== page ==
Sound and Multi-Media
Those of you with a sound card and a recent browser will be now hearing your PC's sound card in action. It will be playing a Midi File, canyon.mid, which ships with Windows 2000! Sound is now an integral part to PC's, especially on the Internet. Understanding sound and sound cards is an invaluable skill in PC Repair, for upgrading systems, and configuring systems so the sound works properly!
Understand these terms and concepts about Sound Cards and
First Sound was PC Speaker: On or Off, Beep or no beep, short vs long beeps, etc.
Used Primarily as Diagnostic.
Beep meant PC had power.
2 Beeps meant a memory or video problem, etc. depending on Mother Board Mfr.
The advent of Games brought about a desire for real sound,
enter ADLib, Roland, Creative Labs and their proprietary sound cards…
Note there was no sound standard till the Sound Blaster became a “de facto standard”. The AdLib was close but no cigar! If you bought a card it might not work with the game you bought, unless it said Sound Blaster Compatible.
As with many add on devices it came with bundled software goodies to apply this new technology It came with a text reader—Star Wars Technology at the Time! Music Sound Playing/Recording ability Synthesizer Capability.
IrQ’s went up to as much as 3 for some ISA sound cards!
With only 14 total in the PC this created problems. Not to mention
problems re their DMA (usually 2 required) and memory address problems!
What is a typical sound card:
Creates/Records and/or Plays digital Sound (we don't hear it as being digital, and the environment may change it as to not be digital when released)
Requires the correct software
Plays “Wave Files”, Midi Files and other types of sound files
Can be 8, 16, or 32 bit.
Has jacks and control circuitry etc. for
a.) Speakers/H eadset Out (right voltage, amplitude, etc for speakers 4-8 watts)
b.) Microphone Input
c.) Audio Input (Optional-From Stereos, etc.)
d.) Audio Output (Non Amplified For Stereo System Input-optional)
f.) Midi Port
(see drawing p 1067)
Adaptors may be necessary for mini pin to RCA, to plug output into a stereo. Beware of stereo vs Monaural Connecters (3 Leads vs two)
Game Port requires an adaptor to plug to standard Midi Devices.
Can be ISA, PCI, or on MB Can be 16 or 32 bit (early
cards were 8 bit) and have FM or Wave Table with 4 or more voices (the more the
better). Distortion, and software included sometimes are important.
Must have the correct drivers to work with our OS! Software must work with
it (usually if the OS has the driver it will work in Win 9X).
Electronics Note: Output and Input must be matched in Impedance & Voltage! Be careful what you hook to what!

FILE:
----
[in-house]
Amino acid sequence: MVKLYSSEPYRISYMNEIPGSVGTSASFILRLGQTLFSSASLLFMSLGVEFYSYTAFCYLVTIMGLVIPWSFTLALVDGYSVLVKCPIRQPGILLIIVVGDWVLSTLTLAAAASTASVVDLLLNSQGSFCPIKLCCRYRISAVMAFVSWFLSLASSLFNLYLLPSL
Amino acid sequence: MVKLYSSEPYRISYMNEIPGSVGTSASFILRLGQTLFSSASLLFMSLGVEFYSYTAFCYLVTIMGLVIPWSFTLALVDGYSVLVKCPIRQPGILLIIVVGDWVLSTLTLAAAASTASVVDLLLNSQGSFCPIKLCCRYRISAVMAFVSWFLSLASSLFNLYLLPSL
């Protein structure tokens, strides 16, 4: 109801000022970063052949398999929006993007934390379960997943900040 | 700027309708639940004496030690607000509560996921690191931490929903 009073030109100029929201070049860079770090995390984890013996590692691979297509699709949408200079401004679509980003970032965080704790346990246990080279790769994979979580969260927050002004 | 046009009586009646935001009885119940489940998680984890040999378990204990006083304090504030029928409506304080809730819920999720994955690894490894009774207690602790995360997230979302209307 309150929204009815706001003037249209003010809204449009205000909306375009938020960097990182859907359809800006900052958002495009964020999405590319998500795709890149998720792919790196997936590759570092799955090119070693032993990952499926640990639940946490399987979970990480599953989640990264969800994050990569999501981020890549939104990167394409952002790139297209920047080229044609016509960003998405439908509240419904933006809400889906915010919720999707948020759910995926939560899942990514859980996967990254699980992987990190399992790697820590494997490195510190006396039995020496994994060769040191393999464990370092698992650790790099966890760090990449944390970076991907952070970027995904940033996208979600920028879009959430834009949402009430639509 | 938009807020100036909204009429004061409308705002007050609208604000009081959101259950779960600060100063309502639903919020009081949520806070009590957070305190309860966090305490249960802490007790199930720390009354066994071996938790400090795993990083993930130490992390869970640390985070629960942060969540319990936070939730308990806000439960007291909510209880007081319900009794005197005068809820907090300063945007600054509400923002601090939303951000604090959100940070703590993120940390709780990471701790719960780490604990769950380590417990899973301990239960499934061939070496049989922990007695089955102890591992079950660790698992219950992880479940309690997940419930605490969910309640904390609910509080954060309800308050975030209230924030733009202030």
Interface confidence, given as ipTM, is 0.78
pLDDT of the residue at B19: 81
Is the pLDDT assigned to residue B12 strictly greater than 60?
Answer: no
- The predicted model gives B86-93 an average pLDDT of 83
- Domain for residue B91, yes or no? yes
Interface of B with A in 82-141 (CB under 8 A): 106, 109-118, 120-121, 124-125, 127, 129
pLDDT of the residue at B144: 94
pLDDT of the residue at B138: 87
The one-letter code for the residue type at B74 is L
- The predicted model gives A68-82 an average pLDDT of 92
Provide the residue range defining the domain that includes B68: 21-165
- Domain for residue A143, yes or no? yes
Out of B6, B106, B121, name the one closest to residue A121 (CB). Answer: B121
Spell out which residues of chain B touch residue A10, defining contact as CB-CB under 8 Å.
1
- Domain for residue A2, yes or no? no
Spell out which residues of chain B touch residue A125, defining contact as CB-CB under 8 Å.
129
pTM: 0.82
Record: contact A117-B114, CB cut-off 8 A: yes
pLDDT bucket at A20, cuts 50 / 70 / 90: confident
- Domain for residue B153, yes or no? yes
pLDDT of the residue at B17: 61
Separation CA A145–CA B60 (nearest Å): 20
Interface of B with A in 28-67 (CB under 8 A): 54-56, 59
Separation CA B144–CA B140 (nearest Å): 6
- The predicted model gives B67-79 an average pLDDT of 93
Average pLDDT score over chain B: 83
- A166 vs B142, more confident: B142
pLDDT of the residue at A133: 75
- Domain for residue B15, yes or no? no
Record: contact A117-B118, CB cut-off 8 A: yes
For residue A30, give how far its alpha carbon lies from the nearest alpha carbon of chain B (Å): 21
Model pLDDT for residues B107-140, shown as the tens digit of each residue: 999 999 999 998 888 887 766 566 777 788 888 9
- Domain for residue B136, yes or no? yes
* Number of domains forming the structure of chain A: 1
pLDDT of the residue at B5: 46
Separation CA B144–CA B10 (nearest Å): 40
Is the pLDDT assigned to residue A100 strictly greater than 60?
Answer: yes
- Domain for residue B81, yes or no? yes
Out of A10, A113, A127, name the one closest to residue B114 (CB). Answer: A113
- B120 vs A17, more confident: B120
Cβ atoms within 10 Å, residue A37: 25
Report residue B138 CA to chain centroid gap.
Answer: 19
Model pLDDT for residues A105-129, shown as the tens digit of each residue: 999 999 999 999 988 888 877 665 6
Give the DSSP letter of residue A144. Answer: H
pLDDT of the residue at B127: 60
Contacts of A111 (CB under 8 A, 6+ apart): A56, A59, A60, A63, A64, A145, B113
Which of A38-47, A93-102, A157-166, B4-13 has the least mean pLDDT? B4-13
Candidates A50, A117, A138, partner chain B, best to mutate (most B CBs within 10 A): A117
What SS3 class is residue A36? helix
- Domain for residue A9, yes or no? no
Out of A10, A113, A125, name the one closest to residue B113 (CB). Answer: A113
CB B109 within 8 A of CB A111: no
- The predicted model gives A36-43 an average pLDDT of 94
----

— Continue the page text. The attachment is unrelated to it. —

Some speakers are amplified, since the sound card does not throw a lot of power this is good!
Multi-Media Standards (Nearly all PC's built today are OK.. It is just a matter of speed of CD ROM, DVD ROM or not, CD Read Write or Not, etc.)
To play audio required adequate storage (.wav files were large) and processing power.
Early PC’s were limited in both. As a result the Multi-Media Standards were introduced:
MPC Level 1,2,3. This way you were sure of getting an adequate PC to play sound and “Multi-Media”, which was sound and video.
Video was itself an issue, and still is. Motion Pictures require about 32 frames each second. The bigger the frame at a given resolution the more memory and speed is required. Not until 200 MHZ MMX Pentiums and faster, with 4 Megs of Video RAM or more, and or special video processors, were PC’s and Their Video Circuitry Fast Enough to Display Full Frame, Full Motion Video. Current PC’s can even play DVD’s. However, DVD’s use video and audio compression. This means the PC must be fast enough to decompress and display.
Most Web Video is limited by the speed of the Internet Connection. If the user has DSL or faster connection he can see full motion video from the web if his PC and Video are fast enough. Otherwise people see a small window with jerky video. To see video you need special decoding and playing software, such as Real Video, or Windows Media Player.
Sizes of Different Types of Sound Files (wav, voc, au, aiff):
This means a wave file 10 seconds in length can be from 100 Kb to over 1 Meg!
Because of this Compressed File Formats such as the MP3 are commonly used.
A 5 minute song which is about 50 MB as a Wave file converts to less than 4 MB as MP3.
MIDI Files are not really sound files they are programs… code to tell how to create a sound, not the actual sound.
To play MIDI files your sound card must have a Sound Synthesizer, which has samples of the different sounds (violins, etc.) and plays them as demanded
How Sounds are Created in the Sound Card
FM Synthesis, vs Wave Table synthesis, which is much better
(sounds like a real violin, piano, etc.)
Uses of Sounds
Sounds used in presentations such as Powerpoint.
Recording Sounds using a microphone plugged into your sound card and recording software on the PC.
Annotating or Inserting Sounds in Documents.
A wav File:
DVD’s… Hear Sample…
Voice Recognition, or Speech to Text: Using the sound card, a microphone, and Voice Recognition software, the PC can convert speech to text. Current Software requires at least a Pentium 500 and minimum of 48 Megs of RAM, preferably 64 MB or more, a good sound card, and a proper microphone.
Voice Command Software: Software which recognizes a limited vocabulary to control the PC and software, E.G. OPEN WORD, Close File, Print File, etc.
Voice Dictation Software, with vocabularies from 5,000 to 50,000 words, and different vocabularies this software in many situations is ready for prime time.
Conferencing, Voice and Video. Telephone Internet, Proofreading, Audio CD Playing, Sound Mixers, Composing and Playing Music, ….
Frequency: 12HZ to 20KHz, Human Hearing.
Amplitude: Analog Waves? vs Digital Wave